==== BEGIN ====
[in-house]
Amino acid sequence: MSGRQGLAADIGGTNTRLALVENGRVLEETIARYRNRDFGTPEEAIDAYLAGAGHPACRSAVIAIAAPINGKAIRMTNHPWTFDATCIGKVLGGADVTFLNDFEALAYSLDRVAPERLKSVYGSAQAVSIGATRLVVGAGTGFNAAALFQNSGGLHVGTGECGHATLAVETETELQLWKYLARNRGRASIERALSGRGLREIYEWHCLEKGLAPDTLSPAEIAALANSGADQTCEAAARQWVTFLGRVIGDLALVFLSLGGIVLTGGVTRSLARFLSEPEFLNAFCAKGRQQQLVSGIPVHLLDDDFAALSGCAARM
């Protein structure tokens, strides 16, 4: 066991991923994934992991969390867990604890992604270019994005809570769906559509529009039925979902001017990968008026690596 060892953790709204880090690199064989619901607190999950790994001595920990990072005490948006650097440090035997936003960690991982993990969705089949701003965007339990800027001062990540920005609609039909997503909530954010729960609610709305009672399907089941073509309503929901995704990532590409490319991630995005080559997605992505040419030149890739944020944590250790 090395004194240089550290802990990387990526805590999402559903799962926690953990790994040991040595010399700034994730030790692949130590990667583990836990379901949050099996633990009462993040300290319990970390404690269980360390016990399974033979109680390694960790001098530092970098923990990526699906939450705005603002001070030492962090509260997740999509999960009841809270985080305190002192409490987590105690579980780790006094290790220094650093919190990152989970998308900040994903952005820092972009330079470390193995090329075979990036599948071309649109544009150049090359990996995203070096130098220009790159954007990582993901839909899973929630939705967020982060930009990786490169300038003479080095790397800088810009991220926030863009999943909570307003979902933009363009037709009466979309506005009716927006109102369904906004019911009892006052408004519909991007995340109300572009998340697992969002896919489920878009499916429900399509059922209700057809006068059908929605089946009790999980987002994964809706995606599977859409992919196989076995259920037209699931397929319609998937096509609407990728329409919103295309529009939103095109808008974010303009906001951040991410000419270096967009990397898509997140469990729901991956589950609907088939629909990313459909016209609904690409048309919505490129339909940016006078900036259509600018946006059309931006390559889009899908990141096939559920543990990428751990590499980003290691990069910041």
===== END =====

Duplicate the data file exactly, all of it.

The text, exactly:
[in-house]
Amino acid sequence: MSGRQGLAADIGGTNTRLALVENGRVLEETIARYRNRDFGTPEEAIDAYLAGAGHPACRSAVIAIAAPINGKAIRMTNHPWTFDATCIGKVLGGADVTFLNDFEALAYSLDRVAPERLKSVYGSAQAVSIGATRLVVGAGTGFNAAALFQNSGGLHVGTGECGHATLAVETETELQLWKYLARNRGRASIERALSGRGLREIYEWHCLEKGLAPDTLSPAEIAALANSGADQTCEAAARQWVTFLGRVIGDLALVFLSLGGIVLTGGVTRSLARFLSEPEFLNAFCAKGRQQQLVSGIPVHLLDDDFAALSGCAARM
């Protein structure tokens, strides 16, 4: 066991991923994934992991969390867990604890992604270019994005809570769906559509529009039925979902001017990968008026690596 060892953790709204880090690199064989619901607190999950790994001595920990990072005490948006650097440090035997936003960690991982993990969705089949701003965007339990800027001062990540920005609609039909997503909530954010729960609610709305009672399907089941073509309503929901995704990532590409490319991630995005080559997605992505040419030149890739944020944590250790 090395004194240089550290802990990387990526805590999402559903799962926690953990790994040991040595010399700034994730030790692949130590990667583990836990379901949050099996633990009462993040300290319990970390404690269980360390016990399974033979109680390694960790001098530092970098923990990526699906939450705005603002001070030492962090509260997740999509999960009841809270985080305190002192409490987590105690579980780790006094290790220094650093919190990152989970998308900040994903952005820092972009330079470390193995090329075979990036599948071309649109544009150049090359990996995203070096130098220009790159954007990582993901839909899973929630939705967020982060930009990786490169300038003479080095790397800088810009991220926030863009999943909570307003979902933009363009037709009466979309506005009716927006109102369904906004019911009892006052408004519909991007995340109300572009998340697992969002896919489920878009499916429900399509059922209700057809006068059908929605089946009790999980987002994964809706995606599977859409992919196989076995259920037209699931397929319609998937096509609407990728329409919103295309529009939103095109808008974010303009906001951040991410000419270096967009990397898509997140469990729901991956589950609907088939629909990313459909016209609904690409048309919505490129339909940016006078900036259509600018946006059309931006390559889009899908990141096939559920543990990428751990590499980003290691990069910041």